Definitions for vested interest

This page provides all possible meanings and translations of the word vested interest

Princeton's WordNetRate this definition:(0.00 / 0 votes)

  1. vested interest(noun)

    (law) an interest in which there is a fixed right to present or future enjoyment and that can be conveyed to another

  2. vested interest(noun)

    groups that seek to control a social system or activity from which they derive private benefit

GCIDERate this definition:(0.00 / 0 votes)

  1. Vested interest

    a special personal interest, usually financial, in an existing system, law, or institution, which hinders a person from making objective decisions regarding that system, law, or institution. A vested interest may be one which benefits a relative, or, in an extended sense, one which defends a person's own reputation or previously expressed views.

  2. Vested interest

    a right given to an employee by a pension plan, which cannot be taken away.

  3. Vested interest

    pl. the persons, corporations, or other groups which benefit most (usually financially) from the existing system of institutions, laws, and customs.

WiktionaryRate this definition:(0.00 / 0 votes)

  1. vested interest(Noun)

    a right or title that can be conveyed

  2. vested interest(Noun)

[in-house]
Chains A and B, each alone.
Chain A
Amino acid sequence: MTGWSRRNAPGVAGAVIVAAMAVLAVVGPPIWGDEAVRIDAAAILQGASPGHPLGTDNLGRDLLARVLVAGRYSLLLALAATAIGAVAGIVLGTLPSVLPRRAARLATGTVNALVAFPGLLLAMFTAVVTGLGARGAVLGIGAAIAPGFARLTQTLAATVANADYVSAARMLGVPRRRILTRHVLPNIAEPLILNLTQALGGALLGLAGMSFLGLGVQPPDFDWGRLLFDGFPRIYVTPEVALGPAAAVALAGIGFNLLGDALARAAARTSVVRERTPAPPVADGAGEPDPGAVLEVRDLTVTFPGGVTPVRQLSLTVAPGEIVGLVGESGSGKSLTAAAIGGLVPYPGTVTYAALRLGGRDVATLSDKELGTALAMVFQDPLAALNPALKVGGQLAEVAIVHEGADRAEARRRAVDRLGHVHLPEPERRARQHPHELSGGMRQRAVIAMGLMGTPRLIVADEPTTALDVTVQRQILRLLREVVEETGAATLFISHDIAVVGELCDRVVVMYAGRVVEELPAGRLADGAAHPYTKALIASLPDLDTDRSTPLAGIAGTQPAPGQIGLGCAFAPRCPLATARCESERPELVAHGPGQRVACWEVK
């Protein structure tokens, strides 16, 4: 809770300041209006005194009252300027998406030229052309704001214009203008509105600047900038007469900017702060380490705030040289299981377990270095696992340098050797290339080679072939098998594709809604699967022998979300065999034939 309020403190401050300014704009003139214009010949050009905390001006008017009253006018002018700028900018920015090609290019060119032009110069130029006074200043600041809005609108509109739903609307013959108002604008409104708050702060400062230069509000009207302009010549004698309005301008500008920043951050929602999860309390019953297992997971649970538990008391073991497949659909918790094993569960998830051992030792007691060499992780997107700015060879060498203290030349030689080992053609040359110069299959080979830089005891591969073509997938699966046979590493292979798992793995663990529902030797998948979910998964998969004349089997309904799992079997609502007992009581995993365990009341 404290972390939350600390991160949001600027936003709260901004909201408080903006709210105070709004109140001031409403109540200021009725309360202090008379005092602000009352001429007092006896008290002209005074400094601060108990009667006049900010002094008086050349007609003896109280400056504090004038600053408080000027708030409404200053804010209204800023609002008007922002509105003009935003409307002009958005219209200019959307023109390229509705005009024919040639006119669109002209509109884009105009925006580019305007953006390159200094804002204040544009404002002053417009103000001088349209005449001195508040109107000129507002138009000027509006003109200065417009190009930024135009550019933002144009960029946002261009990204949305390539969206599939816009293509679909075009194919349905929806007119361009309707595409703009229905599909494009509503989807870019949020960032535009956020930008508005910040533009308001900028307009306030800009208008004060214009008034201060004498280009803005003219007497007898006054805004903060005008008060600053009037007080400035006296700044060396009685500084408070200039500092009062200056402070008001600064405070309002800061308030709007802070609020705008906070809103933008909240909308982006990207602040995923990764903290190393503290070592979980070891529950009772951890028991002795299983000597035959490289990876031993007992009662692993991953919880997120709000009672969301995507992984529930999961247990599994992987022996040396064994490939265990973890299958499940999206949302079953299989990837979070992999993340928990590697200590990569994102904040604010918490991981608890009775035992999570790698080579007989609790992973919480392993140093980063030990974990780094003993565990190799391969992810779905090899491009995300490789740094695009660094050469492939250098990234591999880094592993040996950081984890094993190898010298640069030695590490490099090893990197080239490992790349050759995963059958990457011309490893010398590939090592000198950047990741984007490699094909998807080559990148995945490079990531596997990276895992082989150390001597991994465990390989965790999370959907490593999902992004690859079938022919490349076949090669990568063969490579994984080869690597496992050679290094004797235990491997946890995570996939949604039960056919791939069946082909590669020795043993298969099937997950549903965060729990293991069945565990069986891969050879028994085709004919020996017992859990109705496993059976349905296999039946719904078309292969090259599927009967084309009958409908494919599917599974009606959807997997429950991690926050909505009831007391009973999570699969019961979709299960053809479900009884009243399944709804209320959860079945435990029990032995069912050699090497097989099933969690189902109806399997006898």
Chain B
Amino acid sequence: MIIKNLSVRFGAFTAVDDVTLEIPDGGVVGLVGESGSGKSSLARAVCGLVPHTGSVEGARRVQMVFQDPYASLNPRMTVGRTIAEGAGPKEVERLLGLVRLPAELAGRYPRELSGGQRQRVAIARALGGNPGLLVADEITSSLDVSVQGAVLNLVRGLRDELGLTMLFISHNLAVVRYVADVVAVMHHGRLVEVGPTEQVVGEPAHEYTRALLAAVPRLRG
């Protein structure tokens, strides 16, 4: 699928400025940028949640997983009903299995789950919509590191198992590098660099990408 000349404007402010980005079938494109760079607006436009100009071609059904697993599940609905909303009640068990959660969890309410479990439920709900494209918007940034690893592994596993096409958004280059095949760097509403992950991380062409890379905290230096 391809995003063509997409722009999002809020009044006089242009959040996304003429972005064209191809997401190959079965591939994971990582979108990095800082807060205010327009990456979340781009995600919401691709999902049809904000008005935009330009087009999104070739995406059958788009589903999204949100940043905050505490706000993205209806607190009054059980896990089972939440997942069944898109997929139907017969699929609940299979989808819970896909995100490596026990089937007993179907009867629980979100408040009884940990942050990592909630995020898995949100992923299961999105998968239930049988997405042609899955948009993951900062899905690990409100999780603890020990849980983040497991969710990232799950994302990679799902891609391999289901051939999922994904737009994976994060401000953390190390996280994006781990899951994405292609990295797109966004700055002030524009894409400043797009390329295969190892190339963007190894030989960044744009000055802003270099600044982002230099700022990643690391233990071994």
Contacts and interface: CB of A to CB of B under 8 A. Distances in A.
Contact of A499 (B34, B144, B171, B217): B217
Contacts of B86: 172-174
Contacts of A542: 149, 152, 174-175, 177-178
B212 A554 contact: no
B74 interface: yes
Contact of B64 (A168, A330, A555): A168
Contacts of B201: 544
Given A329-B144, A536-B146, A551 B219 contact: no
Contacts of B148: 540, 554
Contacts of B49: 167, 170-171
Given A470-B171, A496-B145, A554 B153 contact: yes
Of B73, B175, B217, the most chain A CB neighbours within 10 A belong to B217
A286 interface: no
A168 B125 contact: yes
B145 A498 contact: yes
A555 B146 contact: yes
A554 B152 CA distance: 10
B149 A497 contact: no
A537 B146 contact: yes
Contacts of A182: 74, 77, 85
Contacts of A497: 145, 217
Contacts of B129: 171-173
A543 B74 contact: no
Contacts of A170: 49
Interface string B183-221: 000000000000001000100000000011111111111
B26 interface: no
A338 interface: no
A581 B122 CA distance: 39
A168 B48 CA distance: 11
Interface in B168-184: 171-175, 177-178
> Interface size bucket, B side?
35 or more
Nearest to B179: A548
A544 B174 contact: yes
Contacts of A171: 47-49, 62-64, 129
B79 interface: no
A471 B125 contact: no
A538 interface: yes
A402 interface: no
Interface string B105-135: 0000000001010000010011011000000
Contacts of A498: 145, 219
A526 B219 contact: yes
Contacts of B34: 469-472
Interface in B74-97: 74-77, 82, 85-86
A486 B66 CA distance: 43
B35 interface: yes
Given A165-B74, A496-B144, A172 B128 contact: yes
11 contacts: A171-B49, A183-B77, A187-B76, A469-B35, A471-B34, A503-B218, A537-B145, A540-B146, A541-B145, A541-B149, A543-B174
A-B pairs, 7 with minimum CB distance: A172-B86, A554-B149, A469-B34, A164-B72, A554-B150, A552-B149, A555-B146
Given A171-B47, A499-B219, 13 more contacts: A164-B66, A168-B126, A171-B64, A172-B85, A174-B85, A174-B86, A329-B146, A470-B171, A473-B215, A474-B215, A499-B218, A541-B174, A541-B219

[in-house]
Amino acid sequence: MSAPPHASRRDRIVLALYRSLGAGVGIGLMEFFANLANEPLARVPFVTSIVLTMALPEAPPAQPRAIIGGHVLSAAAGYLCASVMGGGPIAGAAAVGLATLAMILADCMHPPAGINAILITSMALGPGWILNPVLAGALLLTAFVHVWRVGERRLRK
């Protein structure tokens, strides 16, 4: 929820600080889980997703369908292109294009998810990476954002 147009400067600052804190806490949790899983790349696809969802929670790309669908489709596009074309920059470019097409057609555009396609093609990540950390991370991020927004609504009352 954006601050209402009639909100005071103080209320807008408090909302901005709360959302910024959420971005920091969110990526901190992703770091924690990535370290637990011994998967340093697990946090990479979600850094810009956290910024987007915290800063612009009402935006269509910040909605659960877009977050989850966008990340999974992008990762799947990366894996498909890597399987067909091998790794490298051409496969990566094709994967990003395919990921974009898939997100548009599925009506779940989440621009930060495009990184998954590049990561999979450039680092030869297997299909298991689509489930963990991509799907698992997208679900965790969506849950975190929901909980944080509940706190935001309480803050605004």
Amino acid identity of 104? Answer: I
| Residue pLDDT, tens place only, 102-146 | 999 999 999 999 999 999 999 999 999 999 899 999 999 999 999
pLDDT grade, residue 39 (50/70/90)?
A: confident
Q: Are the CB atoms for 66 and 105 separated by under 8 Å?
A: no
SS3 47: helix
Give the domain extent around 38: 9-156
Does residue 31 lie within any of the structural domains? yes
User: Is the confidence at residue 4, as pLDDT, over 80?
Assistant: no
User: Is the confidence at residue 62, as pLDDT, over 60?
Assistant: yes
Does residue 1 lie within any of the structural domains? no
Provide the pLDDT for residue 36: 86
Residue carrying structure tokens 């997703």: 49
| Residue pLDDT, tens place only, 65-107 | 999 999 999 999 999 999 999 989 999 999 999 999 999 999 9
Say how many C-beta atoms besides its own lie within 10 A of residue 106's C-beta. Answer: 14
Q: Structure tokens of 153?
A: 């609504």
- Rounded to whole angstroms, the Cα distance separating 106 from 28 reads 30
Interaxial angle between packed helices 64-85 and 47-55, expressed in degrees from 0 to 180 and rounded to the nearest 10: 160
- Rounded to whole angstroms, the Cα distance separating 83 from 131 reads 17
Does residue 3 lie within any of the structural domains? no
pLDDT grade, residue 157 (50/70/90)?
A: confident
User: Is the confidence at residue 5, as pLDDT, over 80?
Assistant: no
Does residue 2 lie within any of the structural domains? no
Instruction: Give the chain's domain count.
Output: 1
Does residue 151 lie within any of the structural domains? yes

a fixed right granted to an employee, especially under a pension plan

  3. vested interest(Noun)

    a stake, often financial, in a particular outcome

  4. vested interest(Noun)

    a group of people or organizations with such a stake

  5. vested interest(Noun)

    an exceptionally strong interest in protecting or promoting something to one's own advantage

FreebaseRate this definition:(0.00 / 0 votes)

  1. Vested interest

    Vested interest is a communication theory that seeks to explain how influences impact behaviors. As defined by William Crano, vested interest refers to the amount that an attitude object is deemed hedonically relevant by the attitude holder. In Crano's idea of vested interest, if the attitude object is subjectively important and the perceived personal consequences are significant, there will be a greater chance the individual's attitude will be expressed behaviorally. For example, a 30 year old individual is told that the legal driving age is being raised from 16 to 17 in his state. While he may not agree with this law, he is not impacted like a 15 year old prospective vehicle operator and is unlikely to be involved in protesting the change. This example illustrates the point that highly vested attitudes concerning issues are related to an individual’s situational point of view.

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